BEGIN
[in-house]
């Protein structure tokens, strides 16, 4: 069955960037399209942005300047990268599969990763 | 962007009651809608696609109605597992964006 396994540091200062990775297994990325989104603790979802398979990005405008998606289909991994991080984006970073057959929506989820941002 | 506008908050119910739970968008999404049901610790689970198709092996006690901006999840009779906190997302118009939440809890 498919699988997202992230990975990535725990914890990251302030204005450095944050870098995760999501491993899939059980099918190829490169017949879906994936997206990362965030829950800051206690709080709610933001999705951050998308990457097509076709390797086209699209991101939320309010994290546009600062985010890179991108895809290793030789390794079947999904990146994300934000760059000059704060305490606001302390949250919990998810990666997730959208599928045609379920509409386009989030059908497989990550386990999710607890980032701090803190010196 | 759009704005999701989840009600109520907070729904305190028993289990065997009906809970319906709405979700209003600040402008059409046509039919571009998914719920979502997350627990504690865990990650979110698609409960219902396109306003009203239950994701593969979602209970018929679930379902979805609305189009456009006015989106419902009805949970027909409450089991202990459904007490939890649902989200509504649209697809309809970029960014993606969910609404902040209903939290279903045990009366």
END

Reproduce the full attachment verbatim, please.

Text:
[in-house]
């Protein structure tokens, strides 16, 4: 069955960037399209942005300047990268599969990763 | 962007009651809608696609109605597992964006 396994540091200062990775297994990325989104603790979802398979990005405008998606289909991994991080984006970073057959929506989820941002 | 506008908050119910739970968008999404049901610790689970198709092996006690901006999840009779906190997302118009939440809890 498919699988997202992230990975990535725990914890990251302030204005450095944050870098995760999501491993899939059980099918190829490169017949879906994936997206990362965030829950800051206690709080709610933001999705951050998308990457097509076709390797086209699209991101939320309010994290546009600062985010890179991108895809290793030789390794079947999904990146994300934000760059000059704060305490606001302390949250919990998810990666997730959208599928045609379920509409386009989030059908497989990550386990999710607890980032701090803190010196 | 759009704005999701989840009600109520907070729904305190028993289990065997009906809970319906709405979700209003600040402008059409046509039919571009998914719920979502997350627990504690865990990650979110698609409960219902396109306003009203239950994701593969979602209970018929679930379902979805609305189009456009006015989106419902009805949970027909409450089991202990459904007490939890649902989200509504649209697809309809970029960014993606969910609404902040209903939290279903045990009366």